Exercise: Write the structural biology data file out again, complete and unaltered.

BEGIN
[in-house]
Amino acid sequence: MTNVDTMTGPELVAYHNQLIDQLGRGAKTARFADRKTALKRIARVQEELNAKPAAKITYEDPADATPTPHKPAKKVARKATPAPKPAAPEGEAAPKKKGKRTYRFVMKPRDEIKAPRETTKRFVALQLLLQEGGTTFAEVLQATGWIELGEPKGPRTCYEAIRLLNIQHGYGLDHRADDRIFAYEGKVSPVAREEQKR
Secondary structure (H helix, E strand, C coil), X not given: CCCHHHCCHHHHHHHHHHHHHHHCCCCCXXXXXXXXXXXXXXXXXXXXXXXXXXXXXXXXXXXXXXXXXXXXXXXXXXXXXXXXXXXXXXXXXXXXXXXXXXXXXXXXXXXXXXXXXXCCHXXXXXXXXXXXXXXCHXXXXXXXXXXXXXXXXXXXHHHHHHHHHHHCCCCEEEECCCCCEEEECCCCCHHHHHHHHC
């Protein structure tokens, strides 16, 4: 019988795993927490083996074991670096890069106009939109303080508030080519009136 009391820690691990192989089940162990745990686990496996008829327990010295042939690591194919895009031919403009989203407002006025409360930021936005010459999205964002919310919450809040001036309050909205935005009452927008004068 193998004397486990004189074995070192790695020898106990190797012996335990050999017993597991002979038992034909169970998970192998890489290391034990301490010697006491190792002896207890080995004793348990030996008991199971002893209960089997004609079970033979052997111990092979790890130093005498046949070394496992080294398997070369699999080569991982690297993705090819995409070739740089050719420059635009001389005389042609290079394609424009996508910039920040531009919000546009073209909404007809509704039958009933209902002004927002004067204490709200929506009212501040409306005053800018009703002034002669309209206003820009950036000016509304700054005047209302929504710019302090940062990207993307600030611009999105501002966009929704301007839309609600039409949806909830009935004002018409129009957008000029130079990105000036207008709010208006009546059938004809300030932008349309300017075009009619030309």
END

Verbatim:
[in-house]
Amino acid sequence: MTNVDTMTGPELVAYHNQLIDQLGRGAKTARFADRKTALKRIARVQEELNAKPAAKITYEDPADATPTPHKPAKKVARKATPAPKPAAPEGEAAPKKKGKRTYRFVMKPRDEIKAPRETTKRFVALQLLLQEGGTTFAEVLQATGWIELGEPKGPRTCYEAIRLLNIQHGYGLDHRADDRIFAYEGKVSPVAREEQKR
Secondary structure (H helix, E strand, C coil), X not given: CCCHHHCCHHHHHHHHHHHHHHHCCCCCXXXXXXXXXXXXXXXXXXXXXXXXXXXXXXXXXXXXXXXXXXXXXXXXXXXXXXXXXXXXXXXXXXXXXXXXXXXXXXXXXXXXXXXXXXCCHXXXXXXXXXXXXXXCHXXXXXXXXXXXXXXXXXXXHHHHHHHHHHHCCCCEEEECCCCCEEEECCCCCHHHHHHHHC
């Protein structure tokens, strides 16, 4: 019988795993927490083996074991670096890069106009939109303080508030080519009136 009391820690691990192989089940162990745990686990496996008829327990010295042939690591194919895009031919403009989203407002006025409360930021936005010459999205964002919310919450809040001036309050909205935005009452927008004068 193998004397486990004189074995070192790695020898106990190797012996335990050999017993597991002979038992034909169970998970192998890489290391034990301490010697006491190792002896207890080995004793348990030996008991199971002893209960089997004609079970033979052997111990092979790890130093005498046949070394496992080294398997070369699999080569991982690297993705090819995409070739740089050719420059635009001389005389042609290079394609424009996508910039920040531009919000546009073209909404007809509704039958009933209902002004927002004067204490709200929506009212501040409306005053800018009703002034002669309209206003820009950036000016509304700054005047209302929504710019302090940062990207993307600030611009999105501002966009929704301007839309609600039409949806909830009935004002018409129009957008000029130079990105000036207008709010208006009546059938004809300030932008349309300017075009009619030309």